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How Do You Inspire Future Chemists?

Deanna Cullen's picture
Mon, 01/27/2014 - 11:36 -- Deanna Cullen
Careers in Chem

I recently spoke with a chemist from industry that said that if she admits to being a chemist, it is a serious conversation ender. I can relate! I know many of you can to. My colleague, Greg Rushton, shared a similar sentiment in an article introducing himself to the JCE community.

I know a biology teacher that shows a power point stating that chemistry is "evil". He tells his students that chemistry is filled with contradictions, has no patterns and is very difficult to learn. He thinks his power point slide is cute and doesn't understand why I am so irritated that he is negatively influencing the attitudes of students the year before they are to be enrolled in chemistry.

As chemistry teachers, we already have to hurdle many negative perceptions of incoming students. We do what we can to show students that chemistry is all around them. What else can we do? How do we encourage students to pursue chemistry as a career? How do we encourage students (especially girls) to stick with chemistry as a major once they have declared?

I am speaking anecdotically when I say that it seems my students that leave high school with a specific career goal are much more likely to perservere through the tough courses than the student who is "thinking" that they might end up with a career in science. I would like to test my theory that students that can keep their eye on a specific goal have a better attitude about those tough courses and stick it out. I think that students that have vague ambitions are more likely to modify their goals to something that doesn't seem so rigorous. I wonder about the STEM programs for girls that I see advertised around the country and if there has been research that supports their expense. Are they successful in getting more girls to enter science majors and then stick with them? I need to check out the research. Should we advertise chemistry careers more? Would it help if we collaborated with college research groups that will come in and share what is on the cutting edge of chemistry? What about industry? Will they be willing to collaborate and speak with our students and provide a face that is not so intimidating? I know some of these things are going on, but I am not sure which avenue gives the most bang for the buck.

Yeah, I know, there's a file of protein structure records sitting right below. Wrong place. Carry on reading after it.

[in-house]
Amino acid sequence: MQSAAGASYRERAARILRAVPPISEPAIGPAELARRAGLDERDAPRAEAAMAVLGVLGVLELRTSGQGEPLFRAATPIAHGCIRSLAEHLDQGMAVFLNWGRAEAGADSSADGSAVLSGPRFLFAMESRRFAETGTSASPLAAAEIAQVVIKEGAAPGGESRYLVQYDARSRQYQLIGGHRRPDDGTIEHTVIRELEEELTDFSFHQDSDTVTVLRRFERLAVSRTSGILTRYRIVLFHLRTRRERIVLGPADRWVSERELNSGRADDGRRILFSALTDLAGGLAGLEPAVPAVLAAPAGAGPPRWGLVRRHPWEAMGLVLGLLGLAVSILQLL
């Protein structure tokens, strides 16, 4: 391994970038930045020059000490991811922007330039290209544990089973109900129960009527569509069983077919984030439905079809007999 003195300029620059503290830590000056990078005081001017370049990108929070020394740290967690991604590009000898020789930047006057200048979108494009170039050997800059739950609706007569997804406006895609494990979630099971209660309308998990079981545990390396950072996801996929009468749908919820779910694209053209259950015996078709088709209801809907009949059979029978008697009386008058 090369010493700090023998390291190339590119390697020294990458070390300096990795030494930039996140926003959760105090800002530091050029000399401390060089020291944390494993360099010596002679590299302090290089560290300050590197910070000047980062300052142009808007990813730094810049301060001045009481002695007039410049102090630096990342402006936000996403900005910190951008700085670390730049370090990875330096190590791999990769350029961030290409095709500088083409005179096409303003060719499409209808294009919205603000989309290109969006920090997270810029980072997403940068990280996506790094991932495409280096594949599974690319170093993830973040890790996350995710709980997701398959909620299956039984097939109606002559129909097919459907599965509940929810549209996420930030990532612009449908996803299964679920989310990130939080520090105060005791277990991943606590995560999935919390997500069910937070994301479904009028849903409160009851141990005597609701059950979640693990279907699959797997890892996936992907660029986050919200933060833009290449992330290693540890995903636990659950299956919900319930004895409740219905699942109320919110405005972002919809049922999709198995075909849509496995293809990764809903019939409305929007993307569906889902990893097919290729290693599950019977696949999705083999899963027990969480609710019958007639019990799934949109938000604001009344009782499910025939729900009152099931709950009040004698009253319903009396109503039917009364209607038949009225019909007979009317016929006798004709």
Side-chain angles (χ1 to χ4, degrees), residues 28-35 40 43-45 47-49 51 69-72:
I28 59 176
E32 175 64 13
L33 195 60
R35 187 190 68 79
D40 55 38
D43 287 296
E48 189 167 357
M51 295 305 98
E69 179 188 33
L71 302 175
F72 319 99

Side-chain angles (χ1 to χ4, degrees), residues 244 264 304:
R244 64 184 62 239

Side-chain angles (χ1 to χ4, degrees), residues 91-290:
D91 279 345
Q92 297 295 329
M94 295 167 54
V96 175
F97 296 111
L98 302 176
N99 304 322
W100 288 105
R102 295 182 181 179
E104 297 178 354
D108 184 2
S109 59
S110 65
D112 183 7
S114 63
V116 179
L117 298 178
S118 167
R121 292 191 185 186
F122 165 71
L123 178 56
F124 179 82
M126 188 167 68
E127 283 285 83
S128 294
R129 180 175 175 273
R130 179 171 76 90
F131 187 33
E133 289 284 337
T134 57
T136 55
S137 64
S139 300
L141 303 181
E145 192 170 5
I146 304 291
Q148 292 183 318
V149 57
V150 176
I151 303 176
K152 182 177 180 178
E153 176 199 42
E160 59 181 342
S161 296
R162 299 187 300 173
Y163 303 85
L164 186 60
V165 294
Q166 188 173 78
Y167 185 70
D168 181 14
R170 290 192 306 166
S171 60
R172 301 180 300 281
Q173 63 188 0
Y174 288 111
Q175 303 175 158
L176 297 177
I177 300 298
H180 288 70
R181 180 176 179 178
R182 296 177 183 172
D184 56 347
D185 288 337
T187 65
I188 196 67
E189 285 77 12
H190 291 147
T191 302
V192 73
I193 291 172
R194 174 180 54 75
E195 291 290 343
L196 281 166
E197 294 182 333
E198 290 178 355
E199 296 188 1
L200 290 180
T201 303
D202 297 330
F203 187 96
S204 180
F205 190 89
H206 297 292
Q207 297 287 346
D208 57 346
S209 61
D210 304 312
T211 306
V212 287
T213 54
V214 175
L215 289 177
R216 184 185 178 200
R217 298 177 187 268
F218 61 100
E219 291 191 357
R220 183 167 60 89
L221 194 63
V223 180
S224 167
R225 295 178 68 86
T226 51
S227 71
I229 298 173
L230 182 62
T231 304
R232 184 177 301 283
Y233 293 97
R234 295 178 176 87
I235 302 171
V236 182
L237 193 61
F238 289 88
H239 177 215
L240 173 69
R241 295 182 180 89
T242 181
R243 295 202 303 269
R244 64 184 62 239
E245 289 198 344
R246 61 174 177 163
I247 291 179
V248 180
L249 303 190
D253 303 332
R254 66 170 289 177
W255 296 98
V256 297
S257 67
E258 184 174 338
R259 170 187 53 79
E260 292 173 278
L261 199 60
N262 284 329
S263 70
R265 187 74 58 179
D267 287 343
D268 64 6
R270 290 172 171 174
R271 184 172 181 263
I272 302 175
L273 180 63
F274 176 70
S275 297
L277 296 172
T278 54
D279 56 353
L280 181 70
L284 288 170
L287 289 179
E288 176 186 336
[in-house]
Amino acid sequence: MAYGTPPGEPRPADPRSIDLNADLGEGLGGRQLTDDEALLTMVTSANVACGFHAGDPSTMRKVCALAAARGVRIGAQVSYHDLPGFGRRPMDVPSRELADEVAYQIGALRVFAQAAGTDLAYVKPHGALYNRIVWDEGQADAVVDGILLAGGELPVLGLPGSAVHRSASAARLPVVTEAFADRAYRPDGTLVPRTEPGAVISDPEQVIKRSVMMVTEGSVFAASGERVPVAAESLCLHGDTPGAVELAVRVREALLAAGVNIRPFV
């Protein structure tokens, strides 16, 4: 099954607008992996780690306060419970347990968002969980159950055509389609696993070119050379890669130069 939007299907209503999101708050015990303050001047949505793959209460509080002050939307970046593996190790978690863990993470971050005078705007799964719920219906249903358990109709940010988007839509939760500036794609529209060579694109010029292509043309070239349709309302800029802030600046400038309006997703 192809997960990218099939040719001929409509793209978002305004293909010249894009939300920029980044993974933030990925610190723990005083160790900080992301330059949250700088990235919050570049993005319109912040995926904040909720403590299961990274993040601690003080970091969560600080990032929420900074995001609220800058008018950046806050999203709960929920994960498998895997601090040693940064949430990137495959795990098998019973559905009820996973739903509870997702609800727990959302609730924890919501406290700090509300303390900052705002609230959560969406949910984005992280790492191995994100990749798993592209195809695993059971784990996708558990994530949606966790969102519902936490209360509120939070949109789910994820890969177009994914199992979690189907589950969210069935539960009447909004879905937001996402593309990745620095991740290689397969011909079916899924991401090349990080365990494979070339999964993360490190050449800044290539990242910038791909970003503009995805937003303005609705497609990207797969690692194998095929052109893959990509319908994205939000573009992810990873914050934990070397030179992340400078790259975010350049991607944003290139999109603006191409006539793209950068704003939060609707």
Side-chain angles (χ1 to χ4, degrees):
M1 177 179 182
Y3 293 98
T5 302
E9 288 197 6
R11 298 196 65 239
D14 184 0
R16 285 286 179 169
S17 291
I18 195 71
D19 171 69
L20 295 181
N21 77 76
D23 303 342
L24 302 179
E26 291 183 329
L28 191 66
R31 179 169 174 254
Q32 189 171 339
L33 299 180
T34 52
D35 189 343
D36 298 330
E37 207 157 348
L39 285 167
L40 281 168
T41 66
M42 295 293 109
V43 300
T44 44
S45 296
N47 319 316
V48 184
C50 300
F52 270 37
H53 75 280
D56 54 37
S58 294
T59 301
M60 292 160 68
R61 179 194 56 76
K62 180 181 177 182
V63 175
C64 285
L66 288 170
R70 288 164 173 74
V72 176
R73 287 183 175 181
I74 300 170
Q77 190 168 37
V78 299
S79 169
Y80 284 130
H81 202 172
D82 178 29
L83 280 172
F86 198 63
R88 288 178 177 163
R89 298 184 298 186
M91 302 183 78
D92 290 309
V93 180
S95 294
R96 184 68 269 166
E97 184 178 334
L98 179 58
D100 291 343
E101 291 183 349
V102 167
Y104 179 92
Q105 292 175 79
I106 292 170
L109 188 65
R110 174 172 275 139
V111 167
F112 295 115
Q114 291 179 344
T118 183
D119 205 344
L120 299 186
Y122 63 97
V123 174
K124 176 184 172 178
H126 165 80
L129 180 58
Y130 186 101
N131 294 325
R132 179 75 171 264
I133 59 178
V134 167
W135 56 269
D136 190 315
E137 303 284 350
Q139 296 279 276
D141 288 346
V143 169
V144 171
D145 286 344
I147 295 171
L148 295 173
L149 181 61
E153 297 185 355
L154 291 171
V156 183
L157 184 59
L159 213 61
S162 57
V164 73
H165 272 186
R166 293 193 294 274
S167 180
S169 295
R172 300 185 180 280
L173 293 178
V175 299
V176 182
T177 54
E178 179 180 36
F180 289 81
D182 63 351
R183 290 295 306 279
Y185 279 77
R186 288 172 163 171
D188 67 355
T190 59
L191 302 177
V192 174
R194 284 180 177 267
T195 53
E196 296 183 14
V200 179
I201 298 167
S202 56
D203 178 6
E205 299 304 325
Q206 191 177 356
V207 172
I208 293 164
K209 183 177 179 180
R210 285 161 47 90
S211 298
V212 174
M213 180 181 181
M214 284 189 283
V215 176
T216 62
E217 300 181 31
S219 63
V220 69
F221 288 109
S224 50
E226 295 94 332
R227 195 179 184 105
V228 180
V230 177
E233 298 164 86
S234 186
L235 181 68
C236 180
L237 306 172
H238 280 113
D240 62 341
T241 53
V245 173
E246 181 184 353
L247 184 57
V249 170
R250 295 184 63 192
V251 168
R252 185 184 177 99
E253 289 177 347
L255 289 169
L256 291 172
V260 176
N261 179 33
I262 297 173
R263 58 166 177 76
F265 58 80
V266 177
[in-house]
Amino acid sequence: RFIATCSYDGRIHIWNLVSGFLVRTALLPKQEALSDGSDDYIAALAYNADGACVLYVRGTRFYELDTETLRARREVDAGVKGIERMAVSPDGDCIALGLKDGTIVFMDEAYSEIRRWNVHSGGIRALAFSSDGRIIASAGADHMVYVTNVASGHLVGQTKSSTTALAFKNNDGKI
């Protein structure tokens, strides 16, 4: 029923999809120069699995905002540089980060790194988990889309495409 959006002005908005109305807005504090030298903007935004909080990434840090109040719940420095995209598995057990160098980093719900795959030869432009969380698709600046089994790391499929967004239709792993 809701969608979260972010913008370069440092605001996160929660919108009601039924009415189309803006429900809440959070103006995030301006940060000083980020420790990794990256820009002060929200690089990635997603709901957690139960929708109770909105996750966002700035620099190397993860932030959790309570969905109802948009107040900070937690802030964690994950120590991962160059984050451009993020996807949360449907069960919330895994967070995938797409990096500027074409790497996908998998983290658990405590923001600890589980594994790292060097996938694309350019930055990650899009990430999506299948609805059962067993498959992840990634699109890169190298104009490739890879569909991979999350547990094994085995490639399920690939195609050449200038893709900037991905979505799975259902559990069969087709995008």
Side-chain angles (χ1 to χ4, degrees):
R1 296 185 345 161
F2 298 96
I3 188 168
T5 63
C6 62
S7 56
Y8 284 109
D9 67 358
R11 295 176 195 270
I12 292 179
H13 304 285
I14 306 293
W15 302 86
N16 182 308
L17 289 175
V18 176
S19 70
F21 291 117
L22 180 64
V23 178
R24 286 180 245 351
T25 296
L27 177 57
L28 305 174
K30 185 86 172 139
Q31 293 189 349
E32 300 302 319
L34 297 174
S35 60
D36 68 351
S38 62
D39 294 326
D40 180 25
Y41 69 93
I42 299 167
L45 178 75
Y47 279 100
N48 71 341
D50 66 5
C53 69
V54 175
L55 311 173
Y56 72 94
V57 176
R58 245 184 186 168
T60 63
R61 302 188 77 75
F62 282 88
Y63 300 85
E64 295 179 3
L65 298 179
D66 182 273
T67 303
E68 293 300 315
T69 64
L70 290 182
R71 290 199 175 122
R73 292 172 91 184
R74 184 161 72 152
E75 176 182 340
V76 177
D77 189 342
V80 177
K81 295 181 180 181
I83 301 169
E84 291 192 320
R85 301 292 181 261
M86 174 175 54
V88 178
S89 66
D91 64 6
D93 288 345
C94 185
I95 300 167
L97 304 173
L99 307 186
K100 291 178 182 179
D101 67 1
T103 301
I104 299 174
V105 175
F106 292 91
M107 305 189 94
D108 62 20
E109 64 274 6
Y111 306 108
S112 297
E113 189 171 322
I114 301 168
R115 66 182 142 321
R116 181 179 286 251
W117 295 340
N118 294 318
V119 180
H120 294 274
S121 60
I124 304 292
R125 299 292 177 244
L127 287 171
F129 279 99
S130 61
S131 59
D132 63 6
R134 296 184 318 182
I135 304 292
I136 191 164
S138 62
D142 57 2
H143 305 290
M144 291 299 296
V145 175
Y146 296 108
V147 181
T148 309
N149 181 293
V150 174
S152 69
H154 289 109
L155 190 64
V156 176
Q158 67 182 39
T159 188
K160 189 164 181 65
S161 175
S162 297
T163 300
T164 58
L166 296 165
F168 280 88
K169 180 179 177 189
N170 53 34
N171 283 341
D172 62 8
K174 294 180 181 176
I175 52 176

What do you do to encourage your students? Do you have suggestions for preparing our high school students for the rigors of the college chemistry curriculum?

I will be creating blog posts about some of the ways that I have tried to encourage my own students. As I follow teachers on social media, I have been inspired to try a few new ideas. I invite you to share your thoughts here. But, I also challenge you to write those ideas up in a formal way and submit them for publication at ChemEdX so that other teachers will have the tools to incorporate the plan into their own courses. I will be happy to provide support for putting your manuscript together.

Check out this blog that I have been following.  (I follow Julia Winter  @OChemPrep on Twitter.) The reading/writing lesson links to expectations of science literacy and technology. I think it is also an avenue for inspiring students to pursue a career STEM career.

 

 

 

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Comments

Erica Posthuma-Adams's picture
Submitted by Erica Posthuma-Adams on

Several of my students have participated in Project SEED which is part of the larger Project Lead the Way.  They had the opporutnity to work with research groups at local universities.  Each of the students who were accepted into the program went on to declare majors in the sciences.  

Erica Posthuma-Adams
@eposthuma
University High School of Indiana

Deanna Cullen's picture
Submitted by Deanna Cullen on

I got a responses on Twitter about my blog post. I didn't mean to imply that encouraging students to pursue a career in science is a necessity. It is one of my own personal goals and I know that it is a goal of many other science teachers. My students look to me for information about careers in science and I know that many of my students with an aptitude for science have appreciated my encouragement and direction. I feel that looking at careers in science will help some students find a career goal. Other students may pursue a completely unrelated career in the end, but having an understanding of how important chemistry careers are for all of us makes the topic more applicable to them and increases their interest in our discussions. We all have our own methods and beliefs when it comes to education. If this approach isn't for you, I am alright with that.